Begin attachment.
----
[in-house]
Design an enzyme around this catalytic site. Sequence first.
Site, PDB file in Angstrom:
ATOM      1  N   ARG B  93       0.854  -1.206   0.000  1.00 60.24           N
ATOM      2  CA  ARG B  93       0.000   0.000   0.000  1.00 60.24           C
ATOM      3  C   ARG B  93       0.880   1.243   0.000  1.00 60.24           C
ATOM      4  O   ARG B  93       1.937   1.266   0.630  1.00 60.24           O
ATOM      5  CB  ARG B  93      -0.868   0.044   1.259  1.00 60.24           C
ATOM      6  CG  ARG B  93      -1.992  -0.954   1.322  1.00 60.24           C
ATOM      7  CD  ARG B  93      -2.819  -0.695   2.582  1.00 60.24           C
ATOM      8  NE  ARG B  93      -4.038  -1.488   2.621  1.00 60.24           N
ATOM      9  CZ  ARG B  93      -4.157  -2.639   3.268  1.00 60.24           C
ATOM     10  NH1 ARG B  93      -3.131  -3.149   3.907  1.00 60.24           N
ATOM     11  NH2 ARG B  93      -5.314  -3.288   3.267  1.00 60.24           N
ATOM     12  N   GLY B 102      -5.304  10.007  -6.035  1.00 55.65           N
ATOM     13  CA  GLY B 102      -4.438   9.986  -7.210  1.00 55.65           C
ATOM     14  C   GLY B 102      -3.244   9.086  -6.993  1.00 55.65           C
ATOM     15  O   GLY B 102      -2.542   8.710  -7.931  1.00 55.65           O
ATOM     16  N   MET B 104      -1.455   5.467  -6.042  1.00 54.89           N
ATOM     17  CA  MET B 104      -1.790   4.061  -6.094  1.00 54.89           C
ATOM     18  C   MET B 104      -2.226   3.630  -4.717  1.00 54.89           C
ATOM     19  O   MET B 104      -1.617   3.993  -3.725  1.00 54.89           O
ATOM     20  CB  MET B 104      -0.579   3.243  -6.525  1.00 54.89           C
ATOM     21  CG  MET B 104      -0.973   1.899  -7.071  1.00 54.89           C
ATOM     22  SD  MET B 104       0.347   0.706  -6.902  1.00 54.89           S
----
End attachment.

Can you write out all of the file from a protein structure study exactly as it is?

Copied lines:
[in-house]
Design an enzyme around this catalytic site. Sequence first.
Site, PDB file in Angstrom:
ATOM      1  N   ARG B  93       0.854  -1.206   0.000  1.00 60.24           N
ATOM      2  CA  ARG B  93       0.000   0.000   0.000  1.00 60.24           C
ATOM      3  C   ARG B  93       0.880   1.243   0.000  1.00 60.24           C
ATOM      4  O   ARG B  93       1.937   1.266   0.630  1.00 60.24           O
ATOM      5  CB  ARG B  93      -0.868   0.044   1.259  1.00 60.24           C
ATOM      6  CG  ARG B  93      -1.992  -0.954   1.322  1.00 60.24           C
ATOM      7  CD  ARG B  93      -2.819  -0.695   2.582  1.00 60.24           C
ATOM      8  NE  ARG B  93      -4.038  -1.488   2.621  1.00 60.24           N
ATOM      9  CZ  ARG B  93      -4.157  -2.639   3.268  1.00 60.24           C
ATOM     10  NH1 ARG B  93      -3.131  -3.149   3.907  1.00 60.24           N
ATOM     11  NH2 ARG B  93      -5.314  -3.288   3.267  1.00 60.24           N
ATOM     12  N   GLY B 102      -5.304  10.007  -6.035  1.00 55.65           N
ATOM     13  CA  GLY B 102      -4.438   9.986  -7.210  1.00 55.65           C
ATOM     14  C   GLY B 102      -3.244   9.086  -6.993  1.00 55.65           C
ATOM     15  O   GLY B 102      -2.542   8.710  -7.931  1.00 55.65           O
ATOM     16  N   MET B 104      -1.455   5.467  -6.042  1.00 54.89           N
ATOM     17  CA  MET B 104      -1.790   4.061  -6.094  1.00 54.89           C
ATOM     18  C   MET B 104      -2.226   3.630  -4.717  1.00 54.89           C
ATOM     19  O   MET B 104      -1.617   3.993  -3.725  1.00 54.89           O
ATOM     20  CB  MET B 104      -0.579   3.243  -6.525  1.00 54.89           C
ATOM     21  CG  MET B 104      -0.973   1.899  -7.071  1.00 54.89           C
ATOM     22  SD  MET B 104       0.347   0.706  -6.902  1.00 54.89           S